Odilo and his confreres interested themselves in the church reform which began about that time. They followed no definite ecclesiastico-political programme, but directed their attacks principally against individual offences such as simony, marriage of the clergy, and the uncanonical marriage of the laity. The Holy See could depend above all on the religious of Cluny when it sought to raise itself from its humiliating position and undertook the reform of the Church.
He died while on a visitation to the monastery of Souvigny where he was buried and soon venerated as a saint. In 1063 Peter Damien undertook the process of his canonization, and wrote a short life, an abstract from the work of Jotsald, one of Odilo's monks who accompanied him on his travels. In 1793 the relics together with those of Mayeul were burned by the revolutionaries "on the altar of the fatherland". The feast of St. Odilo was formerly 2 January, in Cluny, now it is celebrated on 19 January, and in Switzerland on 6 February.
Risen Christ Holy Card
The Catholic Encyclopedia is the most comprehensive resource on Catholic teaching, history, and information ever gathered in all of human history. This easy-to-search online version was originally printed in fifteen hardcopy volumes.
Designed to present its readers with the full body of Catholic teaching, the Encyclopedia contains not only precise statements of what the Church has defined, but also an impartial record of different views of acknowledged authority on all disputed questions, national, political or factional. In the determination of the truth the most recent and acknowledged scientific methods are employed, and the results of the latest research in theology, philosophy, history, apologetics, archaeology, and other sciences are given careful consideration.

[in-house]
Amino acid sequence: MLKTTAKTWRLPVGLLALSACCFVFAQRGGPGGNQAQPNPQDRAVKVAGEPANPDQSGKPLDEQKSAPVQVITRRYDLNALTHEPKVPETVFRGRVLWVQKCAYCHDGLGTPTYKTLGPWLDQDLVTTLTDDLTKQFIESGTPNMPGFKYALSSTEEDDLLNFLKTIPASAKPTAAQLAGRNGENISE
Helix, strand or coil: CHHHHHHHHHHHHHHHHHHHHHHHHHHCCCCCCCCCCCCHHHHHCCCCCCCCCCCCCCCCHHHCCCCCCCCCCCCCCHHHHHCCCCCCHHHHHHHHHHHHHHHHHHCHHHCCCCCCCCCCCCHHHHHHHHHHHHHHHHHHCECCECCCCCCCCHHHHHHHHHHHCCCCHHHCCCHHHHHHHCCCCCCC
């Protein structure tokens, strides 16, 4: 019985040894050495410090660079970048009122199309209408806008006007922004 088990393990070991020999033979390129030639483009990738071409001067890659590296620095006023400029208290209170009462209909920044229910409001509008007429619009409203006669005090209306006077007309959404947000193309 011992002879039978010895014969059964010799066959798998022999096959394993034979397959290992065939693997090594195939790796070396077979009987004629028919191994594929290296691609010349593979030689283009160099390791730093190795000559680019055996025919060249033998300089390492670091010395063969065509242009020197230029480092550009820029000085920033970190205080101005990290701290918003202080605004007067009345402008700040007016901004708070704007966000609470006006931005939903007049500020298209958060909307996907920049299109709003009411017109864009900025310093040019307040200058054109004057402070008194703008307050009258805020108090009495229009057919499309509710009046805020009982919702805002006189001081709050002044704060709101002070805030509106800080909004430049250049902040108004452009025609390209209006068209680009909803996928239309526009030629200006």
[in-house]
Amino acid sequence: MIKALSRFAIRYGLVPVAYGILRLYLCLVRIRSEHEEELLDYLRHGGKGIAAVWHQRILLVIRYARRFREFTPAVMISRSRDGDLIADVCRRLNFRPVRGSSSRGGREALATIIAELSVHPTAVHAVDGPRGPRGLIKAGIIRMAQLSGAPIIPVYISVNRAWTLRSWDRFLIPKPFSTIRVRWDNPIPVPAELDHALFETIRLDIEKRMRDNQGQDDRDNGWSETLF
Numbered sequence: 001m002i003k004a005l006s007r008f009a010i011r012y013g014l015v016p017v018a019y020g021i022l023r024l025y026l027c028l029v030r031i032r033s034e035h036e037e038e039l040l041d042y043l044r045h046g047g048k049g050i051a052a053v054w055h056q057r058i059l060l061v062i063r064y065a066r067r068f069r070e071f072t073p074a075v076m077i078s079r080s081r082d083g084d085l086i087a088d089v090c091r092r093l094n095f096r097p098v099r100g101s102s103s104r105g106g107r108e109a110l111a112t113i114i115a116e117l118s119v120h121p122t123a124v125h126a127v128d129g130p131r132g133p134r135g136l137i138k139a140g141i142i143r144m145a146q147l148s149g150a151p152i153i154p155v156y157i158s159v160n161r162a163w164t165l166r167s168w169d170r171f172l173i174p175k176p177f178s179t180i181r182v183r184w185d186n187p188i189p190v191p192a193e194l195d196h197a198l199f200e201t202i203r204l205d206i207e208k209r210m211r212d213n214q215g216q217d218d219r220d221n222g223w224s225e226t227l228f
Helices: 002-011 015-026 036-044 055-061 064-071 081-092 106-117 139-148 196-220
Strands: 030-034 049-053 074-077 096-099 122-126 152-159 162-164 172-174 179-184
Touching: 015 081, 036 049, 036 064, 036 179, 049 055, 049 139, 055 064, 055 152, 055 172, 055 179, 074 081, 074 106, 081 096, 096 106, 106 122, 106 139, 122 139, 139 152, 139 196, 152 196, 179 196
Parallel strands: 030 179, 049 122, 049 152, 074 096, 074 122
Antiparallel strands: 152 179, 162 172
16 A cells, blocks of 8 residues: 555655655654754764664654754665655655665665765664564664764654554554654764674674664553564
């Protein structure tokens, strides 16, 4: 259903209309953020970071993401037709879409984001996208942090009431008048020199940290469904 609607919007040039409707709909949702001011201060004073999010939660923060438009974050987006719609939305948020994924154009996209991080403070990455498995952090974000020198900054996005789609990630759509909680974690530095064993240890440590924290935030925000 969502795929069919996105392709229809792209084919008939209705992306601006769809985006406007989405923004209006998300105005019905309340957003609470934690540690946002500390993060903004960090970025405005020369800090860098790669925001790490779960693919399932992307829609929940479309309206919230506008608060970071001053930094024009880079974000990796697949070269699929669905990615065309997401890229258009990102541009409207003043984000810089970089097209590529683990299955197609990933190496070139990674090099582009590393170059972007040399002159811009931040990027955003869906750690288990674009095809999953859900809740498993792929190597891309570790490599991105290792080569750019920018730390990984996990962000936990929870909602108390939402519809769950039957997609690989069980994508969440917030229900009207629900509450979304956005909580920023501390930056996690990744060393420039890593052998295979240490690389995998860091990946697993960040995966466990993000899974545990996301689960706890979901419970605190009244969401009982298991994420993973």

No one who is interested in human history, past and present, can ignore the Catholic Church, either as an institution which has been the central figure in the civilized world for nearly two thousand years, decisively affecting its destinies, religious, literary, scientific, social and political, or as an existing power whose influence and activity extend to every part of the globe. In the past century the Church has grown both extensively and intensively among English-speaking peoples. Their living interests demand that they should have the means of informing themselves about this vast institution, which, whether they are Catholics or not, affects their fortunes and their destiny.
Copyright © Catholic Encyclopedia. Robert Appleton Company New York, NY. Volume 1: 1907; Volume 2: 1907; Volume 3: 1908; Volume 4: 1908; Volume 5: 1909; Volume 6: 1909; Volume 7: 1910; Volume 8: 1910; Volume 9: 1910; Volume 10: 1911; Volume 11: - 1911; Volume 12: - 1911; Volume 13: - 1912; Volume 14: 1912; Volume 15: 1912
Catholic Online Catholic Encyclopedia Digital version Compiled and Copyright © Catholic Online